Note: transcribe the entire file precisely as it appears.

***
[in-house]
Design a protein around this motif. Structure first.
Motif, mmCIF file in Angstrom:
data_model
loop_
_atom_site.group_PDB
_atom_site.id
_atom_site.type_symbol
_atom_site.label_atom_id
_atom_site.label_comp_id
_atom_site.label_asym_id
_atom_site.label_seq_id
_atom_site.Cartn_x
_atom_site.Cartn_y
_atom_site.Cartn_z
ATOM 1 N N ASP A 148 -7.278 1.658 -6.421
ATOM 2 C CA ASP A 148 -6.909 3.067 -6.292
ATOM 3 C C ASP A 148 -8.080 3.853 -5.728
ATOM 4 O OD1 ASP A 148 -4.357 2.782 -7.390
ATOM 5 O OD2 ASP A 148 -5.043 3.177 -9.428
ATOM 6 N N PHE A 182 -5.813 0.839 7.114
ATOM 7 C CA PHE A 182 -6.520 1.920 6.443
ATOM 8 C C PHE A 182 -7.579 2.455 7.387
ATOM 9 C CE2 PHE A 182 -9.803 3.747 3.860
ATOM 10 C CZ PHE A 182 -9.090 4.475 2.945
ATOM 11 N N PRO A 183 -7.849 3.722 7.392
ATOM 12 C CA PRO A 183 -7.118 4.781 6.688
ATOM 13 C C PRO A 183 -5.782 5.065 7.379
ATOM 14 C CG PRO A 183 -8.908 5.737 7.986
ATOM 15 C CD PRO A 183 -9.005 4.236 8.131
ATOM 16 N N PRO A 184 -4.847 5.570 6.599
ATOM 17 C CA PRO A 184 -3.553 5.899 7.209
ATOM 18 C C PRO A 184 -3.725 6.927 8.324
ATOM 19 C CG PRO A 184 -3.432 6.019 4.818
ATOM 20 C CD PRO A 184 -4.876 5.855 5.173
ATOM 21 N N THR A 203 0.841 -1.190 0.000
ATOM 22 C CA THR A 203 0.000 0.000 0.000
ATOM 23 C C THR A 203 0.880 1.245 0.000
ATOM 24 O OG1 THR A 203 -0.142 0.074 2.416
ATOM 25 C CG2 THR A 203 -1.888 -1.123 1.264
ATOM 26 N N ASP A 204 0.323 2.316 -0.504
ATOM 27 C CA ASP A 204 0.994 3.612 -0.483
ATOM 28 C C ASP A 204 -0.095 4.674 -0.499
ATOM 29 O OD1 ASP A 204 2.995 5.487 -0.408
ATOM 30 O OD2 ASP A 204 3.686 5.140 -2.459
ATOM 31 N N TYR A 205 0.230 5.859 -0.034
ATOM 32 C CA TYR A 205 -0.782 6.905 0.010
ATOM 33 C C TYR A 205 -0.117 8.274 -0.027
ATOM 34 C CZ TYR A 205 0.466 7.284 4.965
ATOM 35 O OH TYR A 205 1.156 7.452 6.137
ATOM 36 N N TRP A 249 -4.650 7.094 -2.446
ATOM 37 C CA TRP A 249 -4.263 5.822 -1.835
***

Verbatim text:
[in-house]
Design a protein around this motif. Structure first.
Motif, mmCIF file in Angstrom:
data_model
loop_
_atom_site.group_PDB
_atom_site.id
_atom_site.type_symbol
_atom_site.label_atom_id
_atom_site.label_comp_id
_atom_site.label_asym_id
_atom_site.label_seq_id
_atom_site.Cartn_x
_atom_site.Cartn_y
_atom_site.Cartn_z
ATOM 1 N N ASP A 148 -7.278 1.658 -6.421
ATOM 2 C CA ASP A 148 -6.909 3.067 -6.292
ATOM 3 C C ASP A 148 -8.080 3.853 -5.728
ATOM 4 O OD1 ASP A 148 -4.357 2.782 -7.390
ATOM 5 O OD2 ASP A 148 -5.043 3.177 -9.428
ATOM 6 N N PHE A 182 -5.813 0.839 7.114
ATOM 7 C CA PHE A 182 -6.520 1.920 6.443
ATOM 8 C C PHE A 182 -7.579 2.455 7.387
ATOM 9 C CE2 PHE A 182 -9.803 3.747 3.860
ATOM 10 C CZ PHE A 182 -9.090 4.475 2.945
ATOM 11 N N PRO A 183 -7.849 3.722 7.392
ATOM 12 C CA PRO A 183 -7.118 4.781 6.688
ATOM 13 C C PRO A 183 -5.782 5.065 7.379
ATOM 14 C CG PRO A 183 -8.908 5.737 7.986
ATOM 15 C CD PRO A 183 -9.005 4.236 8.131
ATOM 16 N N PRO A 184 -4.847 5.570 6.599
ATOM 17 C CA PRO A 184 -3.553 5.899 7.209
ATOM 18 C C PRO A 184 -3.725 6.927 8.324
ATOM 19 C CG PRO A 184 -3.432 6.019 4.818
ATOM 20 C CD PRO A 184 -4.876 5.855 5.173
ATOM 21 N N THR A 203 0.841 -1.190 0.000
ATOM 22 C CA THR A 203 0.000 0.000 0.000
ATOM 23 C C THR A 203 0.880 1.245 0.000
ATOM 24 O OG1 THR A 203 -0.142 0.074 2.416
ATOM 25 C CG2 THR A 203 -1.888 -1.123 1.264
ATOM 26 N N ASP A 204 0.323 2.316 -0.504
ATOM 27 C CA ASP A 204 0.994 3.612 -0.483
ATOM 28 C C ASP A 204 -0.095 4.674 -0.499
ATOM 29 O OD1 ASP A 204 2.995 5.487 -0.408
ATOM 30 O OD2 ASP A 204 3.686 5.140 -2.459
ATOM 31 N N TYR A 205 0.230 5.859 -0.034
ATOM 32 C CA TYR A 205 -0.782 6.905 0.010
ATOM 33 C C TYR A 205 -0.117 8.274 -0.027
ATOM 34 C CZ TYR A 205 0.466 7.284 4.965
ATOM 35 O OH TYR A 205 1.156 7.452 6.137
ATOM 36 N N TRP A 249 -4.650 7.094 -2.446
ATOM 37 C CA TRP A 249 -4.263 5.822 -1.835